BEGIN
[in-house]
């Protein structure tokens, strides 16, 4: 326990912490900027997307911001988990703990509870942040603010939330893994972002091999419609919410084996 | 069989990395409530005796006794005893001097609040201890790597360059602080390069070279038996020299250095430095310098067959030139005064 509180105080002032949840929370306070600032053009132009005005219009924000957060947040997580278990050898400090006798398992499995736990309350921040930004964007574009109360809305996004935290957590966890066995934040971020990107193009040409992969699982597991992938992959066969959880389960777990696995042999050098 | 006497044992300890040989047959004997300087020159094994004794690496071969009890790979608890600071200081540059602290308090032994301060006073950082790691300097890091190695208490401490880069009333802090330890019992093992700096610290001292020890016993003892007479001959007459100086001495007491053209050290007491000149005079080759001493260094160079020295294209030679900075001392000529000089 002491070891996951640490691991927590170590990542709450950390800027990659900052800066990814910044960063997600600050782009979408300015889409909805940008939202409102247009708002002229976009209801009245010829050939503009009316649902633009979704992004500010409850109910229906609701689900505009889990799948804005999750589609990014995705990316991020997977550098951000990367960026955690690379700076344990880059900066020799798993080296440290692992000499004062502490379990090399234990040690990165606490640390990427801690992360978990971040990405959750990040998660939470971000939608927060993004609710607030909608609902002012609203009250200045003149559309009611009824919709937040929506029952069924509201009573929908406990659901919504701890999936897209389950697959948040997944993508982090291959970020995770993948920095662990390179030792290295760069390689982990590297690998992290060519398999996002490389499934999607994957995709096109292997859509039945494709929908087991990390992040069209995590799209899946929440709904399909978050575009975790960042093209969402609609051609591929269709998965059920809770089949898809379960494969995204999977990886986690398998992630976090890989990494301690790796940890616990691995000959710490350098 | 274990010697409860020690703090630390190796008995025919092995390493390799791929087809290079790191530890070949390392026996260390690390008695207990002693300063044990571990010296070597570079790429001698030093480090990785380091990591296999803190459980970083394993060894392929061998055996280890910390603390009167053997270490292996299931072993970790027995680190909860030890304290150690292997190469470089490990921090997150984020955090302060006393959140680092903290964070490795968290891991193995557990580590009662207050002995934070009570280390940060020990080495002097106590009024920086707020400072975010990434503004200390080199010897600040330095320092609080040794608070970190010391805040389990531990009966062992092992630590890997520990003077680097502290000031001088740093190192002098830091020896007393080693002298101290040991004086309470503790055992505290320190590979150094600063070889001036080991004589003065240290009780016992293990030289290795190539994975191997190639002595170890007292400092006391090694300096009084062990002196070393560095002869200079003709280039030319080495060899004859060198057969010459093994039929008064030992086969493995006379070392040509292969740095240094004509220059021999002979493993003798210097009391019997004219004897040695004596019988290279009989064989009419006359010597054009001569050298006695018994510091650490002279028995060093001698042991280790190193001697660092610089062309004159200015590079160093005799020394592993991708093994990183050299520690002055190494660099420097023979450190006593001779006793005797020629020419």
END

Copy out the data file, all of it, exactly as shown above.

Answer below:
[in-house]
């Protein structure tokens, strides 16, 4: 326990912490900027997307911001988990703990509870942040603010939330893994972002091999419609919410084996 | 069989990395409530005796006794005893001097609040201890790597360059602080390069070279038996020299250095430095310098067959030139005064 509180105080002032949840929370306070600032053009132009005005219009924000957060947040997580278990050898400090006798398992499995736990309350921040930004964007574009109360809305996004935290957590966890066995934040971020990107193009040409992969699982597991992938992959066969959880389960777990696995042999050098 | 006497044992300890040989047959004997300087020159094994004794690496071969009890790979608890600071200081540059602290308090032994301060006073950082790691300097890091190695208490401490880069009333802090330890019992093992700096610290001292020890016993003892007479001959007459100086001495007491053209050290007491000149005079080759001493260094160079020295294209030679900075001392000529000089 002491070891996951640490691991927590170590990542709450950390800027990659900052800066990814910044960063997600600050782009979408300015889409909805940008939202409102247009708002002229976009209801009245010829050939503009009316649902633009979704992004500010409850109910229906609701689900505009889990799948804005999750589609990014995705990316991020997977550098951000990367960026955690690379700076344990880059900066020799798993080296440290692992000499004062502490379990090399234990040690990165606490640390990427801690992360978990971040990405959750990040998660939470971000939608927060993004609710607030909608609902002012609203009250200045003149559309009611009824919709937040929506029952069924509201009573929908406990659901919504701890999936897209389950697959948040997944993508982090291959970020995770993948920095662990390179030792290295760069390689982990590297690998992290060519398999996002490389499934999607994957995709096109292997859509039945494709929908087991990390992040069209995590799209899946929440709904399909978050575009975790960042093209969402609609051609591929269709998965059920809770089949898809379960494969995204999977990886986690398998992630976090890989990494301690790796940890616990691995000959710490350098 | 274990010697409860020690703090630390190796008995025919092995390493390799791929087809290079790191530890070949390392026996260390690390008695207990002693300063044990571990010296070597570079790429001698030093480090990785380091990591296999803190459980970083394993060894392929061998055996280890910390603390009167053997270490292996299931072993970790027995680190909860030890304290150690292997190469470089490990921090997150984020955090302060006393959140680092903290964070490795968290891991193995557990580590009662207050002995934070009570280390940060020990080495002097106590009024920086707020400072975010990434503004200390080199010897600040330095320092609080040794608070970190010391805040389990531990009966062992092992630590890997520990003077680097502290000031001088740093190192002098830091020896007393080693002298101290040991004086309470503790055992505290320190590979150094600063070889001036080991004589003065240290009780016992293990030289290795190539994975191997190639002595170890007292400092006391090694300096009084062990002196070393560095002869200079003709280039030319080495060899004859060198057969010459093994039929008064030992086969493995006379070392040509292969740095240094004509220059021999002979493993003798210097009391019997004219004897040695004596019988290279009989064989009419006359010597054009001569050298006695018994510091650490002279028995060093001698042991280790190193001697660092610089062309004159200015590079160093005799020394592993991708093994990183050299520690002055190494660099420097023979450190006593001779006793005797020629020419």